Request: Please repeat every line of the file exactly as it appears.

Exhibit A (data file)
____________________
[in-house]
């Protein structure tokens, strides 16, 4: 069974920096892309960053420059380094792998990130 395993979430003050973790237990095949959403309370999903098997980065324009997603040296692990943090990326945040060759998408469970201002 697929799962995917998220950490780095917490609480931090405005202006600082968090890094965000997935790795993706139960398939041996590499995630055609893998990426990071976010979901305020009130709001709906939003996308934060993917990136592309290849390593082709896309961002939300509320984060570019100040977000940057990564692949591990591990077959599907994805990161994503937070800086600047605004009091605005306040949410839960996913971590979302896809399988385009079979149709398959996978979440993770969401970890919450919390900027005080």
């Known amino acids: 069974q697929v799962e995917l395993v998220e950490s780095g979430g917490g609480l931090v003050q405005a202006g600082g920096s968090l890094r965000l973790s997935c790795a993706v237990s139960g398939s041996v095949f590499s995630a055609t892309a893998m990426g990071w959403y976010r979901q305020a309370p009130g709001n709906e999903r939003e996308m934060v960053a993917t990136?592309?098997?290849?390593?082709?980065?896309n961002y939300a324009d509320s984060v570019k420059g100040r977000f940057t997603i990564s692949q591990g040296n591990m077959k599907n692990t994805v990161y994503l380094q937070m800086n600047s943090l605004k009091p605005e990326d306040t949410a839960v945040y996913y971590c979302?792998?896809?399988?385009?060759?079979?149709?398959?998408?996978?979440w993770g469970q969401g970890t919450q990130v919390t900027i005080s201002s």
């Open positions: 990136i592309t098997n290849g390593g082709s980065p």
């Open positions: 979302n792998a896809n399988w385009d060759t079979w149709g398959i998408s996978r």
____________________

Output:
[in-house]
């Protein structure tokens, strides 16, 4: 069974920096892309960053420059380094792998990130 395993979430003050973790237990095949959403309370999903098997980065324009997603040296692990943090990326945040060759998408469970201002 697929799962995917998220950490780095917490609480931090405005202006600082968090890094965000997935790795993706139960398939041996590499995630055609893998990426990071976010979901305020009130709001709906939003996308934060993917990136592309290849390593082709896309961002939300509320984060570019100040977000940057990564692949591990591990077959599907994805990161994503937070800086600047605004009091605005306040949410839960996913971590979302896809399988385009079979149709398959996978979440993770969401970890919450919390900027005080």
């Known amino acids: 069974q697929v799962e995917l395993v998220e950490s780095g979430g917490g609480l931090v003050q405005a202006g600082g920096s968090l890094r965000l973790s997935c790795a993706v237990s139960g398939s041996v095949f590499s995630a055609t892309a893998m990426g990071w959403y976010r979901q305020a309370p009130g709001n709906e999903r939003e996308m934060v960053a993917t990136?592309?098997?290849?390593?082709?980065?896309n961002y939300a324009d509320s984060v570019k420059g100040r977000f940057t997603i990564s692949q591990g040296n591990m077959k599907n692990t994805v990161y994503l380094q937070m800086n600047s943090l605004k009091p605005e990326d306040t949410a839960v945040y996913y971590c979302?792998?896809?399988?385009?060759?079979?149709?398959?998408?996978?979440w993770g469970q969401g970890t919450q990130v919390t900027i005080s201002s």
């Open positions: 990136i592309t098997n290849g390593g082709s980065p």
């Open positions: 979302n792998a896809n399988w385009d060759t079979w149709g398959i998408s996978r």